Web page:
transforming growth factor-β
c-Jun N-terminal kinase
epidermal growth factor
extracellular signal-regulated kinase
mitogen-activated protein kinase/extracellular signal-regulated kinase kinase
l-1-tosylamido-2-phenylethyl chloromethyl ketone
high pressure liquid chromatography
Activin and transforming growth factor-β (TGF-β)1 are structurally related, multipotent growth and differentiation factors. These peptides are not only among the most potent known cellular growth inhibitors but also regulate other diverse biological processes including early embryonic patterning and cell fate determination (
). Signaling by these proteins is initiated by ligand-induced hetero-oligomerization of type I and type II receptor serine kinases. Transphosphorylation of a type I receptor serine kinase, ALK4 for activin and ALK5 for TGF-β, by the type II receptor serine kinase activates the type I receptor, which then phosphorylates the C-terminal Ser residues of Smad2 and -3. At present, no difference has been established between the intracellular signaling pathways of activin and TGF-β. Once phosphorylated, Smad2 and -3 form heteromeric complexes with Smad4, followed by translocation of the complexes into the nucleus. There they modulate target gene transcription either by associating with various DNA binding partners or by inducing ubiquitin-mediated protein degradation (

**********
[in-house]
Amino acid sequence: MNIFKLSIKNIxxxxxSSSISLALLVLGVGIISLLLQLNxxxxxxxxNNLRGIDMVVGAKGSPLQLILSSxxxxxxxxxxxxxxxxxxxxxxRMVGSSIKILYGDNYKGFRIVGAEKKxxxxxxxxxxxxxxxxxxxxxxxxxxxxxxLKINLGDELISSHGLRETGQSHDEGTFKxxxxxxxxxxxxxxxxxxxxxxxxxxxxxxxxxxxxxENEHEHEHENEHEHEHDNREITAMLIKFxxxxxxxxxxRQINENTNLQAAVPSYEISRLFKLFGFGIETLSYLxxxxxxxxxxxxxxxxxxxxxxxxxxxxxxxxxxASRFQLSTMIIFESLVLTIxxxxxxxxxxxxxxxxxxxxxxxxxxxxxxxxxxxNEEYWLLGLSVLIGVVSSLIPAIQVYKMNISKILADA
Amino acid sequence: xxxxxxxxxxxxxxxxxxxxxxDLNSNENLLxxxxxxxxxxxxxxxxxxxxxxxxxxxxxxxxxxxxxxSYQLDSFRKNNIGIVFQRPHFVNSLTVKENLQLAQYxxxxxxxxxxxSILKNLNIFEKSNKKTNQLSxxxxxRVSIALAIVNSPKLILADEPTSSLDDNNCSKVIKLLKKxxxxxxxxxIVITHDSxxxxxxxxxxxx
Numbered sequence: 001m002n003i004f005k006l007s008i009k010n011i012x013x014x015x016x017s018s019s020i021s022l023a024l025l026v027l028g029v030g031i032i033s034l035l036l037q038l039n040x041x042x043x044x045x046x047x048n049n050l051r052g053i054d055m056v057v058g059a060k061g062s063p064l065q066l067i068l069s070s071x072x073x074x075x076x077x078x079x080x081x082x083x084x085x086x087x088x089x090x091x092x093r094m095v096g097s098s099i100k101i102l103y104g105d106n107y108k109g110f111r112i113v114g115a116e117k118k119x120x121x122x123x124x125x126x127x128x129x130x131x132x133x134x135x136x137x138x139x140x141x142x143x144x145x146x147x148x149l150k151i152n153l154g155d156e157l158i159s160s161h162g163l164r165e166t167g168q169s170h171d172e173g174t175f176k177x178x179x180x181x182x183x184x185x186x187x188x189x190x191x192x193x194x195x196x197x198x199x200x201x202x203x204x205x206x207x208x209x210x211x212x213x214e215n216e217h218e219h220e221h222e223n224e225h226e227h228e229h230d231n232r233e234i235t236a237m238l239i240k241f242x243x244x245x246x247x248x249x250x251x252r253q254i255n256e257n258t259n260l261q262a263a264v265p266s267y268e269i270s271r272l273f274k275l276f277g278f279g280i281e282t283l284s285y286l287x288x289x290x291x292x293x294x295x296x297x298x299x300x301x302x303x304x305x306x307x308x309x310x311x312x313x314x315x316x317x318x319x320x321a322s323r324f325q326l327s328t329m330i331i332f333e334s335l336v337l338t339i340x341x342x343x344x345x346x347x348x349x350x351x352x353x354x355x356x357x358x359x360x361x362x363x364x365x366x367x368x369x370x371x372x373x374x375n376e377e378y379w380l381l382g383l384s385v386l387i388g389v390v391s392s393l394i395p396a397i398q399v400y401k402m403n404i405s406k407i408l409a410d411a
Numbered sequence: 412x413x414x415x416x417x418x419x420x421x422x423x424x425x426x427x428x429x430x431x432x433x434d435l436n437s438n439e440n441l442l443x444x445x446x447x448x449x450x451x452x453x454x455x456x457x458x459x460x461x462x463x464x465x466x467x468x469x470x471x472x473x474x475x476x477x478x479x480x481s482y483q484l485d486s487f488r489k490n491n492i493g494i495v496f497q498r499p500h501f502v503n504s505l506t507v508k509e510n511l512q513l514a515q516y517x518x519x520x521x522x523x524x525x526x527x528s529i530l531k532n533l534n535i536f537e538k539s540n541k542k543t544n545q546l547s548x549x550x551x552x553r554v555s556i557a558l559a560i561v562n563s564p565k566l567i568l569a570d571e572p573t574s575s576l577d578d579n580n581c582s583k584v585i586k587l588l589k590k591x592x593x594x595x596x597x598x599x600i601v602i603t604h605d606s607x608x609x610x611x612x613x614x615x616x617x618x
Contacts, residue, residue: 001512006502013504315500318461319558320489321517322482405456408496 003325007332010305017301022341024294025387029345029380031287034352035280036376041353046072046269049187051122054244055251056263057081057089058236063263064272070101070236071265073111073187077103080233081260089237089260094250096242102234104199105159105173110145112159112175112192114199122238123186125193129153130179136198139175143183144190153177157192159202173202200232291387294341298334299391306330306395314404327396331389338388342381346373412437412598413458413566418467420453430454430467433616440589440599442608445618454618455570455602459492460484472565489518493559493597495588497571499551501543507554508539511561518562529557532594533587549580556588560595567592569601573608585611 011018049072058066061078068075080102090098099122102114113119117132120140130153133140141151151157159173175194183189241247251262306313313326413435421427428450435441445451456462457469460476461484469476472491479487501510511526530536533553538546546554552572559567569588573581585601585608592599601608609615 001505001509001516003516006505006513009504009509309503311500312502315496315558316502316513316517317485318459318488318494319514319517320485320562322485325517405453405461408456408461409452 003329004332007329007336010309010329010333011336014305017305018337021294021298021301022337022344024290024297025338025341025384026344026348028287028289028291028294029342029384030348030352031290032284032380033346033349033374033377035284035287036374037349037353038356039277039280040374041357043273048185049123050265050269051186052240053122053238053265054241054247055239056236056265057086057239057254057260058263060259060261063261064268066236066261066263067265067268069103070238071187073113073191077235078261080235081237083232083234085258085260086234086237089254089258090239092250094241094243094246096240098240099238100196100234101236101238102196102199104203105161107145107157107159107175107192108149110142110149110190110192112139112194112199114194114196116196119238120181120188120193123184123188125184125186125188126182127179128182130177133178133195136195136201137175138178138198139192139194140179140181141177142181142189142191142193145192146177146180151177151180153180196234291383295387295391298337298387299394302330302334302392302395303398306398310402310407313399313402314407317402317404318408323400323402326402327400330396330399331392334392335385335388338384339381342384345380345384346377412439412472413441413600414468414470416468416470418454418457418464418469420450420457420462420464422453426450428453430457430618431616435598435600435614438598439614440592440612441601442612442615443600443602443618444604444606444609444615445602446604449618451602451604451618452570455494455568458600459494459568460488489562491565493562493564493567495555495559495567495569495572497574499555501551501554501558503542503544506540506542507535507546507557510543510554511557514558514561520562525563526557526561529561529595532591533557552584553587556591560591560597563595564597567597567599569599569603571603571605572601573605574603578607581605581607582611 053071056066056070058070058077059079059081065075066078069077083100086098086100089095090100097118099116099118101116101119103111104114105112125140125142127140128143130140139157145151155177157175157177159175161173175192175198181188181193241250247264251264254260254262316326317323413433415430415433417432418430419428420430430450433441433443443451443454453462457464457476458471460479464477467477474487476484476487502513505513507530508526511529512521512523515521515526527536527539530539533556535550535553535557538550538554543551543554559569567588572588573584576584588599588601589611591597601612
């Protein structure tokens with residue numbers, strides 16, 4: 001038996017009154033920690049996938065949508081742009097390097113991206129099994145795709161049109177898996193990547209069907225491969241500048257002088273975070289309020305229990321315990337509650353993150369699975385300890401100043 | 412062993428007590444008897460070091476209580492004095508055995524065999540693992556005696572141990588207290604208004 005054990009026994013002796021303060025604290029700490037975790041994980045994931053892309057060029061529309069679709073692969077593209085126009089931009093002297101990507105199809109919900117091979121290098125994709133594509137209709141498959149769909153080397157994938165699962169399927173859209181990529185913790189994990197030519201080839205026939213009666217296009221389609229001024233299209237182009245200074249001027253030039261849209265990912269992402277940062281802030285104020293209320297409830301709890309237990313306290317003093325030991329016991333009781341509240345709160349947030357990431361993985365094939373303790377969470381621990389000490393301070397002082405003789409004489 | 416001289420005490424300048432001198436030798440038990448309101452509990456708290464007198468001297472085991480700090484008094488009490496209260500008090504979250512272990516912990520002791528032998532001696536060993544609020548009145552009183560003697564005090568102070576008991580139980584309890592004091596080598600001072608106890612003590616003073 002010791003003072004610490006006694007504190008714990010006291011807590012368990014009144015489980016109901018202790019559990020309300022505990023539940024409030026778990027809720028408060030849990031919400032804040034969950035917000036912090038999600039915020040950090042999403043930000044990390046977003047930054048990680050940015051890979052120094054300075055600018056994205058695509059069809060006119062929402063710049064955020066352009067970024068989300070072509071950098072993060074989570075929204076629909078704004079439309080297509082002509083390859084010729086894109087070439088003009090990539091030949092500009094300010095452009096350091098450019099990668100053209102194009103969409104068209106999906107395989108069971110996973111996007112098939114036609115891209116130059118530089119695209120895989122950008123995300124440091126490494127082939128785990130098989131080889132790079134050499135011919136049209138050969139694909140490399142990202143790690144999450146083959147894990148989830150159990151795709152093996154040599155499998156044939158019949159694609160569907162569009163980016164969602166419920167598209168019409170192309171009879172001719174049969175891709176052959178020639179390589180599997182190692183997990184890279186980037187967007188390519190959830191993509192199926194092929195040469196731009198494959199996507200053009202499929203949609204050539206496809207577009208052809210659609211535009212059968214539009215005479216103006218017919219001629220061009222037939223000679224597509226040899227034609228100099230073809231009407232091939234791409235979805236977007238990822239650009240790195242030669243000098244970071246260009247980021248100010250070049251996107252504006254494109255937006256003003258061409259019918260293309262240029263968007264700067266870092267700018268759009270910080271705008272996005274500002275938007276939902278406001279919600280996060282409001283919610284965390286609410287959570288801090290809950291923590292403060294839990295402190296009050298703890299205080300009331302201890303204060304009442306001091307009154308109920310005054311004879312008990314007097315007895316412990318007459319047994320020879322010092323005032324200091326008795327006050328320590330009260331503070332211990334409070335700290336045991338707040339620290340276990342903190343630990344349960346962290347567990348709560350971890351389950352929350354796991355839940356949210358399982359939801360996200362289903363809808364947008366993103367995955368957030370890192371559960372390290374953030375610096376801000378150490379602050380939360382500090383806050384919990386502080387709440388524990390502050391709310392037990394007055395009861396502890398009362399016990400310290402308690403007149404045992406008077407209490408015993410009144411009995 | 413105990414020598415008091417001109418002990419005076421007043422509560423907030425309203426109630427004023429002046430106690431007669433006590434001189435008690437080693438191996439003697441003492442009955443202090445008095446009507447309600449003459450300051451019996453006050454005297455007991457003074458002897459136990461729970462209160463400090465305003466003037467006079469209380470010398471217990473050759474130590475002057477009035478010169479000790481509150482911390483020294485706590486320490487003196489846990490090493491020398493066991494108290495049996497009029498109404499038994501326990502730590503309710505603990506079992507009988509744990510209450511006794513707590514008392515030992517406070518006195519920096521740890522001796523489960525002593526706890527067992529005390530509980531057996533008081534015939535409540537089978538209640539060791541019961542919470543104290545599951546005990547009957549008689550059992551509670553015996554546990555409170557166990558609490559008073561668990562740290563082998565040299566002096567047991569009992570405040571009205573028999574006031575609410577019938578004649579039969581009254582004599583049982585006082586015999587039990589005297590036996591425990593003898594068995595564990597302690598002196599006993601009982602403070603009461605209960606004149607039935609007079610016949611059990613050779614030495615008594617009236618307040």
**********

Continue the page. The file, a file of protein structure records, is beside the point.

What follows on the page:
) have also suggested that calmodulin and extracellular signal-regulated kinase (ERK) may interact in their effects on modulating Smad signaling duringXenopus embryogenesis. Furthermore, cross-talk between the activin/TGF-β pathway and the MAP kinase pathway is well known in various biological processes; a dominant negative ras mutant blocked mesoderm induction by activin, whereas a constitutively activeras mutant mimicked the inducing activity (